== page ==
The recent Earth Day celebration brought a slew of often-conflicting reports on consumers’ environmental or green attitudes and behavior, such as “consumers cut spending on green,” “green worth paying more for,” “Americans hate faux green marketers,” and “[Boomers] passionate for green.” Green marketing initiatives were also everywhere, from Jet Blue’s “One Thing That’s Green” pledge to Procter & Gamble’s “My Carbon Footprint” app and Target’s eco-conscious “Refresh Your Nest” home makeover sweepstakes. Faced with this barrage of information and activities, many marketing leaders will be asking themselves what this means for their brand. Should they bide their time until the dust settles, or jump in? What about the risks of green-washing? Do consumers really care about the environment, or is it just something that they think they should care about? In truth, there is no one answer, because green marketing and green consumer behavior is changing rapidly. That being said, the expectation for companies to be more sustainable, from consumers and CEOs alike, is not going anywhere. So marketing leaders need to figure out what level of green engagement is right for their brand and their consumer.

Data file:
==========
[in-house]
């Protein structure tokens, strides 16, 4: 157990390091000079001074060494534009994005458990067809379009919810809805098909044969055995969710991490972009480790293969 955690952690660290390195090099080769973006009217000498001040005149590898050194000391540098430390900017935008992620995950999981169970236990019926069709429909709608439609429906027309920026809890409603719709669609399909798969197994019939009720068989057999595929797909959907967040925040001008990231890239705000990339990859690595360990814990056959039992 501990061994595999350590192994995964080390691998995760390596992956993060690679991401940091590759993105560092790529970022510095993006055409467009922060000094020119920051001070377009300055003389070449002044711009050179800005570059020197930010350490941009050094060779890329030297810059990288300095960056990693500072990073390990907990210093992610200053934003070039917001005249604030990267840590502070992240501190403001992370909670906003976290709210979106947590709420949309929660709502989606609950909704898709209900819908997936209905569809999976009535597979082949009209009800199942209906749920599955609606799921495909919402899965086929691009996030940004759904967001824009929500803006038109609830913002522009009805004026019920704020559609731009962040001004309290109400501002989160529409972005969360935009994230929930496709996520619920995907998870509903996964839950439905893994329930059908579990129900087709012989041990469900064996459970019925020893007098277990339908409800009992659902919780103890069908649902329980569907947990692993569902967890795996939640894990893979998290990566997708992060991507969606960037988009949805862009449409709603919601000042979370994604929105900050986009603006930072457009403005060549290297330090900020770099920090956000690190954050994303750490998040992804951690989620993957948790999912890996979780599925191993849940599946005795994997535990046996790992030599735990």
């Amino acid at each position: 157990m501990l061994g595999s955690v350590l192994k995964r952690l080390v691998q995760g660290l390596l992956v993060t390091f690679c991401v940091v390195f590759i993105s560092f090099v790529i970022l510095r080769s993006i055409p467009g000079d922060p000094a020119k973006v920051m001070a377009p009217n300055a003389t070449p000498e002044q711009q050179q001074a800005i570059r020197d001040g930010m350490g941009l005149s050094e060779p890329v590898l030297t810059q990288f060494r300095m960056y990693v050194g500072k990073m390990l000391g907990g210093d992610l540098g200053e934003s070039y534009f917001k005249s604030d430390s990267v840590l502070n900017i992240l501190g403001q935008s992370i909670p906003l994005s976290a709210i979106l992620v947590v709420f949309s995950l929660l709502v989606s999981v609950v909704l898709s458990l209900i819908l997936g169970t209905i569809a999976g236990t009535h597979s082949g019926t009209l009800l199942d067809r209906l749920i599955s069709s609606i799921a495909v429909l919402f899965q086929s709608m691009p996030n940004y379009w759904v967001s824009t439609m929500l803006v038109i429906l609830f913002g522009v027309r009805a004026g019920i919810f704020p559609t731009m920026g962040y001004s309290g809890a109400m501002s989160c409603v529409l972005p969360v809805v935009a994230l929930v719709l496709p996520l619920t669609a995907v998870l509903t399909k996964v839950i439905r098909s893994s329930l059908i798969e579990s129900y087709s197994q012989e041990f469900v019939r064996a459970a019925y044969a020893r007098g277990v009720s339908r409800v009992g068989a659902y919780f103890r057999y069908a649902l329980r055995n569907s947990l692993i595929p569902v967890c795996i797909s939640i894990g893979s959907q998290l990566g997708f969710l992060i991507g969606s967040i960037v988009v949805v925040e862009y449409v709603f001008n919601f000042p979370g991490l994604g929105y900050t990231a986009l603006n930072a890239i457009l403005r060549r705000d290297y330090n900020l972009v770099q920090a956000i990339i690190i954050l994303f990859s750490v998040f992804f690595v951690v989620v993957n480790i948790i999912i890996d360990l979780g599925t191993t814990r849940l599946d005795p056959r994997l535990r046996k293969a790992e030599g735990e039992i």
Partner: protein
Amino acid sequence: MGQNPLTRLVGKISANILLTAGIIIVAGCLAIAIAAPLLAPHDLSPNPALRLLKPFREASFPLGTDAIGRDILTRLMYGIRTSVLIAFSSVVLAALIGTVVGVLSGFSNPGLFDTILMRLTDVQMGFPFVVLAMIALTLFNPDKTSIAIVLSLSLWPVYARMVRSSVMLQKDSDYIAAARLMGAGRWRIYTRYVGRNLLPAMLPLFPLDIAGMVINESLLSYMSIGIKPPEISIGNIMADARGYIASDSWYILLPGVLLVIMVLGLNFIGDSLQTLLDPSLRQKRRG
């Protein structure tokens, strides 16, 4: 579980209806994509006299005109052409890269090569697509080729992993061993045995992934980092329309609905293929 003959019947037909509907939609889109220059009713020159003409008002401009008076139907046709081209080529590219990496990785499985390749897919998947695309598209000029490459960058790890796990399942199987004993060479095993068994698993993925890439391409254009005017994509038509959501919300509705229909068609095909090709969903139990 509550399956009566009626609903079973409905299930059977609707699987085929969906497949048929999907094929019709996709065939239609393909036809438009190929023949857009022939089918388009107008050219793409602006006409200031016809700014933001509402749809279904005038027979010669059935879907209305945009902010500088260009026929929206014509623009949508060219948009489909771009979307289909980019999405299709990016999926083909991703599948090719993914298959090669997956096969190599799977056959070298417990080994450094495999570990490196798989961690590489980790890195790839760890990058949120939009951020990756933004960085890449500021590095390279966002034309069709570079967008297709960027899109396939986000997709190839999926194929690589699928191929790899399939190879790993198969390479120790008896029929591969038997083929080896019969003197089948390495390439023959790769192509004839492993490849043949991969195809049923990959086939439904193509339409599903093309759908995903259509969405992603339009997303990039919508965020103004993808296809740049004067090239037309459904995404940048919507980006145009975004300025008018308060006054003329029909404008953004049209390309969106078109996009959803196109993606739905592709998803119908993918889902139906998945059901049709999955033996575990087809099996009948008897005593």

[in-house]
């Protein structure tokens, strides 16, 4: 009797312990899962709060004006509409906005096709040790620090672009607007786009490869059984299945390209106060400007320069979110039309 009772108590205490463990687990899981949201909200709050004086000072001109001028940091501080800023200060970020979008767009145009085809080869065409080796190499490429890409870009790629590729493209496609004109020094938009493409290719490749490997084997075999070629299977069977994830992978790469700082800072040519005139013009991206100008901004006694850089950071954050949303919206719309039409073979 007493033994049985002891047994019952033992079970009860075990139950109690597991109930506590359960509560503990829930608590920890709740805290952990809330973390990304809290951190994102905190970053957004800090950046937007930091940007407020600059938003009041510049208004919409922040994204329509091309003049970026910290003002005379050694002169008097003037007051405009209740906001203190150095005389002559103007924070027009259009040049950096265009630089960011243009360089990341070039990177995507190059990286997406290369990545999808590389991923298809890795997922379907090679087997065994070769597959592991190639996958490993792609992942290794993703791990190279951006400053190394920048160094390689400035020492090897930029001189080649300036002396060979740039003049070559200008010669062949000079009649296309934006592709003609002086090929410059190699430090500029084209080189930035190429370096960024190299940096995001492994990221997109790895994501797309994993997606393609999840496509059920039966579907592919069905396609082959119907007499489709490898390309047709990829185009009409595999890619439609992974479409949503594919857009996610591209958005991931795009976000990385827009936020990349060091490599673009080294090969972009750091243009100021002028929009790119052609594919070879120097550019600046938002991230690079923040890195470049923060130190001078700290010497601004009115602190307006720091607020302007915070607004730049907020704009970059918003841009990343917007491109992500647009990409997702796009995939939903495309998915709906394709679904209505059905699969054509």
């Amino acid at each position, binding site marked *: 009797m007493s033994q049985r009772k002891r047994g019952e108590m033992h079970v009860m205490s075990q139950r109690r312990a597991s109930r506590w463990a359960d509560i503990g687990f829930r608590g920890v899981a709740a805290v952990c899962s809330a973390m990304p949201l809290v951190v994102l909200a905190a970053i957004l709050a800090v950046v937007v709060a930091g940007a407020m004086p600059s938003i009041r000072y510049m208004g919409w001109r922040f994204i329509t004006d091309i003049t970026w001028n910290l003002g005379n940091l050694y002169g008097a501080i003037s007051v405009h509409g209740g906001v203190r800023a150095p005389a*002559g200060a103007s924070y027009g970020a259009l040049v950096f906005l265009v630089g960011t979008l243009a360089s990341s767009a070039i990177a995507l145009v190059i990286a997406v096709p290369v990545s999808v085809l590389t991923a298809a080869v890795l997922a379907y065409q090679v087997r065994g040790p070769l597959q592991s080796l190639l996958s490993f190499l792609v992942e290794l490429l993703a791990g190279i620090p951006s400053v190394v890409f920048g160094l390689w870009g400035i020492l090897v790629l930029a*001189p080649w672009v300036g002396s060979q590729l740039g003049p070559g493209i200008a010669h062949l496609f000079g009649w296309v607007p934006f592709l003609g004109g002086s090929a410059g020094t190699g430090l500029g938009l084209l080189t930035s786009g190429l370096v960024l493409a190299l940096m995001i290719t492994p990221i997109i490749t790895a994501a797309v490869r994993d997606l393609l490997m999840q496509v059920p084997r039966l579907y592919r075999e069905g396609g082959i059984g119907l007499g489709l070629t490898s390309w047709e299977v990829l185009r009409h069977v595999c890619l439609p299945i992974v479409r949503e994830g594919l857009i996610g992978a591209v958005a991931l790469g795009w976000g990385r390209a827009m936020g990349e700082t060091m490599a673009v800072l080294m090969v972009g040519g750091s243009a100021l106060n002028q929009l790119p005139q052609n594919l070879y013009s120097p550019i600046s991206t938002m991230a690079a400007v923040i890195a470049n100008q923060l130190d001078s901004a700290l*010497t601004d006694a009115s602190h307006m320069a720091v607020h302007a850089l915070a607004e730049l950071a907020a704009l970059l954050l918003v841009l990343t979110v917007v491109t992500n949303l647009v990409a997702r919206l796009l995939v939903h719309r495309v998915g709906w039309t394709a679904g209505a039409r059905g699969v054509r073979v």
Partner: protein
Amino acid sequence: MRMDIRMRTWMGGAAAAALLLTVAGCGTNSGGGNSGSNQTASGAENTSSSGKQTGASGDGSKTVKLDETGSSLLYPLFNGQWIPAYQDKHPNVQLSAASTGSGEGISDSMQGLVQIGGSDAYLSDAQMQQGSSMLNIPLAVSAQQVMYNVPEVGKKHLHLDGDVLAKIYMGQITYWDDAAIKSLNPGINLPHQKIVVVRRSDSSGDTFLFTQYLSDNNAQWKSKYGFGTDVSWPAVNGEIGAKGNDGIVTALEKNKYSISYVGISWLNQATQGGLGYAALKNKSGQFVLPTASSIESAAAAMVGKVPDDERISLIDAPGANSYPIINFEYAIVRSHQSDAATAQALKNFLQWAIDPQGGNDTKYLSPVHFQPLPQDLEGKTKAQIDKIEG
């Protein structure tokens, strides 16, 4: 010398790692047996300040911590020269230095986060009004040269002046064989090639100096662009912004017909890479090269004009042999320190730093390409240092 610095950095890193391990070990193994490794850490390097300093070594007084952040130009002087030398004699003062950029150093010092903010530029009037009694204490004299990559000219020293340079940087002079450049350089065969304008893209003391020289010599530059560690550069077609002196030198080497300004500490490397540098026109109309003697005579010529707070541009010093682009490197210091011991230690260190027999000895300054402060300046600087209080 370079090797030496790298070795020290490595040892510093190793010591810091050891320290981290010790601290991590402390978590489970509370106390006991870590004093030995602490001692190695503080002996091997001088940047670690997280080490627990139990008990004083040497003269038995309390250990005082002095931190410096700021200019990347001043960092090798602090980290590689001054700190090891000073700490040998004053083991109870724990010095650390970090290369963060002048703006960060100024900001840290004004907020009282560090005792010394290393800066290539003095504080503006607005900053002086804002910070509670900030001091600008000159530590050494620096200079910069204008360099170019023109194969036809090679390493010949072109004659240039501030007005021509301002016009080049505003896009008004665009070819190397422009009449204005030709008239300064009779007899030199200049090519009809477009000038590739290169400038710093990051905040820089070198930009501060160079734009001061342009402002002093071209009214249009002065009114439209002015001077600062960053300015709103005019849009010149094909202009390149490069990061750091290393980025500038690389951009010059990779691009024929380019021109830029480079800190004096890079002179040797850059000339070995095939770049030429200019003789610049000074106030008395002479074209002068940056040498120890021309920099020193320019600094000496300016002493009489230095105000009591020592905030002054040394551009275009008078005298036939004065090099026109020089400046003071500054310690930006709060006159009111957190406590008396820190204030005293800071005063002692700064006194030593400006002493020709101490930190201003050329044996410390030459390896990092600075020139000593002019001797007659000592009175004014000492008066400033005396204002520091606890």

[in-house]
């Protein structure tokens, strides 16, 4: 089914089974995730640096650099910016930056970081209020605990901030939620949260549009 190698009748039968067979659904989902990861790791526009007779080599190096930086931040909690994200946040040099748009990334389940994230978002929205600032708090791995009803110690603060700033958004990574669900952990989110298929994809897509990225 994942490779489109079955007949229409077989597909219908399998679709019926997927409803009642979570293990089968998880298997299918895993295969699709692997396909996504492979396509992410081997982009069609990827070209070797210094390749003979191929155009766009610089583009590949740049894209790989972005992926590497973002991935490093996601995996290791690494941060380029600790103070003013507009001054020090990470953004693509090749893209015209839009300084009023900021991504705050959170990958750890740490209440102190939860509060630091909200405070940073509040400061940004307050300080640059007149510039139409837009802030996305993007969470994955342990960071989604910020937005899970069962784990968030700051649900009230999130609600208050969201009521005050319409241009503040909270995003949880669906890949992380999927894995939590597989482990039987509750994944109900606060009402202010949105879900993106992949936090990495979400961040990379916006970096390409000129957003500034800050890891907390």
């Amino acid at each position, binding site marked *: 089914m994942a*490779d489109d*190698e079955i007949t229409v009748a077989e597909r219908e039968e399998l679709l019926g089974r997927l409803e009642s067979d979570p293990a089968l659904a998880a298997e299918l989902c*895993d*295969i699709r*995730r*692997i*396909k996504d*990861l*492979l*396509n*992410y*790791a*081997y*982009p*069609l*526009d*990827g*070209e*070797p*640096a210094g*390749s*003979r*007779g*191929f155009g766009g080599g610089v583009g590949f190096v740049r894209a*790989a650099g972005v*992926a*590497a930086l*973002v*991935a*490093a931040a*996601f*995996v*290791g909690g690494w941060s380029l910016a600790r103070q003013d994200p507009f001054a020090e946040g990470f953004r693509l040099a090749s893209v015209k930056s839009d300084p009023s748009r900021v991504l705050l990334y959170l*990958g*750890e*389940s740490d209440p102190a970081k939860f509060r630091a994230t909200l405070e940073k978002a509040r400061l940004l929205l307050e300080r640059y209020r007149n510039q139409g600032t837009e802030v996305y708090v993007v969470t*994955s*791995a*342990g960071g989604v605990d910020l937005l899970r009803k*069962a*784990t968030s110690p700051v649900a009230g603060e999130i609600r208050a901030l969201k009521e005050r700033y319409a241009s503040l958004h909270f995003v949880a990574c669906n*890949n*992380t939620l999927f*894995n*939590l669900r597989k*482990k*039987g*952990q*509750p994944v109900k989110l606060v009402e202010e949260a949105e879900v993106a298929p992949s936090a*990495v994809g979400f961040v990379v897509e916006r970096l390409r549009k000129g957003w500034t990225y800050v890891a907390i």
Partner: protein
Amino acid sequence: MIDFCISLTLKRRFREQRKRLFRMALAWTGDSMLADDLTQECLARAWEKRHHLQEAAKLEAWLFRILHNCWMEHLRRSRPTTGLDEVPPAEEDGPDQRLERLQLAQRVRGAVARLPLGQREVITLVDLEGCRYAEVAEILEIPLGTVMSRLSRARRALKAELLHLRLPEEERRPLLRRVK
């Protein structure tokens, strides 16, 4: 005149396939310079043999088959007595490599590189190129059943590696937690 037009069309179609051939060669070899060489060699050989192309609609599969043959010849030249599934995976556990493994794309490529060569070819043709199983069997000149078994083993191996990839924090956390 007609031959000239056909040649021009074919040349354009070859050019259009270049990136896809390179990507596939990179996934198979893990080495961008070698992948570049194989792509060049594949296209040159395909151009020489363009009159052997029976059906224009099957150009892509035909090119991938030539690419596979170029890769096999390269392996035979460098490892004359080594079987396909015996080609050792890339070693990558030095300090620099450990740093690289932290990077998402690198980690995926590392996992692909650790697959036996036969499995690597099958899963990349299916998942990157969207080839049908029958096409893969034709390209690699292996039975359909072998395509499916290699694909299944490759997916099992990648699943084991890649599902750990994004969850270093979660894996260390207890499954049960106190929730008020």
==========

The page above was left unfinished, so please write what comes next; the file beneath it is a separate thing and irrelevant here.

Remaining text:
First of all, thanks to everyone who contributed to my "What Constitutes A Management Consulting Firm 2.0?" discussion in The Forrester Community For Vendor Strategy Professionals. This discussion has driven quite a bit of traffic (more than 3,600 views), but we’ve gotten just six replies so far, all of them very valuable. Please be sure to contribute to receive a copy of my planned update report on the consulting market.
The identification of future business models is one of the top questions I regularly discuss with consulting leaders. The other, and more tactical question, is about the spending and adoption patterns for management consulting services this year. In Q4 2010, Forrester surveyed 2,691 business decision-makers globally and found that: